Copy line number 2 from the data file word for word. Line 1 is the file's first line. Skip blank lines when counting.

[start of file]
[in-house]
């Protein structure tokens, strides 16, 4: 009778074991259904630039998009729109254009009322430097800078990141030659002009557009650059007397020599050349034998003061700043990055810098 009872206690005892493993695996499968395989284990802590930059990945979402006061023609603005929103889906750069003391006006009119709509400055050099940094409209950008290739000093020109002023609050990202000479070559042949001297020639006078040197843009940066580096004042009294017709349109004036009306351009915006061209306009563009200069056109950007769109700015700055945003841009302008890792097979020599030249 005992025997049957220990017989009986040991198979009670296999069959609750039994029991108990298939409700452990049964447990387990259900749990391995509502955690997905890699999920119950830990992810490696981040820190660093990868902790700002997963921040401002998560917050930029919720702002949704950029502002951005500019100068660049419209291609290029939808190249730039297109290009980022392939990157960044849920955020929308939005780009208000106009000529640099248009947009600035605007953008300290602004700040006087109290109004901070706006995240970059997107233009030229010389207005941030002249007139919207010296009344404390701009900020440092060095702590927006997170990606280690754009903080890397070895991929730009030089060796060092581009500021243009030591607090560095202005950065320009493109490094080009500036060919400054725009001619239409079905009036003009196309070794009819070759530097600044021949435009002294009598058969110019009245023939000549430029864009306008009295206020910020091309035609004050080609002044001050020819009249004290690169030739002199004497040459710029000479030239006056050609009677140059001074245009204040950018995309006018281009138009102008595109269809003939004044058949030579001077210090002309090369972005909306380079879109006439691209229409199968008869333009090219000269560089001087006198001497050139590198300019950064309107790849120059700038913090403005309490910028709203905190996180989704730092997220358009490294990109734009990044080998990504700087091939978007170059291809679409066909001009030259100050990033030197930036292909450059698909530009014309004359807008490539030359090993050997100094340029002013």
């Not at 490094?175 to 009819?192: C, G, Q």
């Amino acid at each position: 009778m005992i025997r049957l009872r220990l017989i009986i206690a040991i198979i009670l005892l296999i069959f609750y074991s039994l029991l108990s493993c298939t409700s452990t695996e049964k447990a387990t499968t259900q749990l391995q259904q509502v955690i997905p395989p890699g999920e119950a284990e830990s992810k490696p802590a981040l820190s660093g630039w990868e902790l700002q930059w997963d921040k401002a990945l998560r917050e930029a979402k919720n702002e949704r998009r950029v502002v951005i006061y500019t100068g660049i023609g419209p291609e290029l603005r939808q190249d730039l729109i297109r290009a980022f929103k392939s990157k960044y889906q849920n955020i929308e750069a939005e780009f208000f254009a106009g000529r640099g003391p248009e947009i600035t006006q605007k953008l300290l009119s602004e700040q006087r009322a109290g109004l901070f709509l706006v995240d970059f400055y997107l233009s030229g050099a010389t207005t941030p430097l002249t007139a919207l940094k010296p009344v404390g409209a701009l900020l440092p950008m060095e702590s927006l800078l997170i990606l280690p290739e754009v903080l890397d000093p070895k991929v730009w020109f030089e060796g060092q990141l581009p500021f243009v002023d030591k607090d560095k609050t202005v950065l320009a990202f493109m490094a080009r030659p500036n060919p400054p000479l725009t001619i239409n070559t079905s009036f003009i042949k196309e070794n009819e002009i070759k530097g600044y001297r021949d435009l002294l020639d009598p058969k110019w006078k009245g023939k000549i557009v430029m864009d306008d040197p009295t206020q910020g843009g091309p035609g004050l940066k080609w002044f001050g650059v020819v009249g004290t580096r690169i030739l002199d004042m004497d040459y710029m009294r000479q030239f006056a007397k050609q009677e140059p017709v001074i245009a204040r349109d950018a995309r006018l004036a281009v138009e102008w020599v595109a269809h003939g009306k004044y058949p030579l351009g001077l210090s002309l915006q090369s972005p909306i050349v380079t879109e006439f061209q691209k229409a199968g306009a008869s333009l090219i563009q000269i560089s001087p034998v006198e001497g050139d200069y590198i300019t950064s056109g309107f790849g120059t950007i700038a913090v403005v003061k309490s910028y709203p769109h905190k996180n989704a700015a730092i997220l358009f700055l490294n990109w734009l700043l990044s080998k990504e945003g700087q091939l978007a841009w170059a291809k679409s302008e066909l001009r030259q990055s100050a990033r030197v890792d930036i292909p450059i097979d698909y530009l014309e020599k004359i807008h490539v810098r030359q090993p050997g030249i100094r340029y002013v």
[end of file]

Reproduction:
């Protein structure tokens, strides 16, 4: 009778074991259904630039998009729109254009009322430097800078990141030659002009557009650059007397020599050349034998003061700043990055810098 009872206690005892493993695996499968395989284990802590930059990945979402006061023609603005929103889906750069003391006006009119709509400055050099940094409209950008290739000093020109002023609050990202000479070559042949001297020639006078040197843009940066580096004042009294017709349109004036009306351009915006061209306009563009200069056109950007769109700015700055945003841009302008890792097979020599030249 005992025997049957220990017989009986040991198979009670296999069959609750039994029991108990298939409700452990049964447990387990259900749990391995509502955690997905890699999920119950830990992810490696981040820190660093990868902790700002997963921040401002998560917050930029919720702002949704950029502002951005500019100068660049419209291609290029939808190249730039297109290009980022392939990157960044849920955020929308939005780009208000106009000529640099248009947009600035605007953008300290602004700040006087109290109004901070706006995240970059997107233009030229010389207005941030002249007139919207010296009344404390701009900020440092060095702590927006997170990606280690754009903080890397070895991929730009030089060796060092581009500021243009030591607090560095202005950065320009493109490094080009500036060919400054725009001619239409079905009036003009196309070794009819070759530097600044021949435009002294009598058969110019009245023939000549430029864009306008009295206020910020091309035609004050080609002044001050020819009249004290690169030739002199004497040459710029000479030239006056050609009677140059001074245009204040950018995309006018281009138009102008595109269809003939004044058949030579001077210090002309090369972005909306380079879109006439691209229409199968008869333009090219000269560089001087006198001497050139590198300019950064309107790849120059700038913090403005309490910028709203905190996180989704730092997220358009490294990109734009990044080998990504700087091939978007170059291809679409066909001009030259100050990033030197930036292909450059698909530009014309004359807008490539030359090993050997100094340029002013």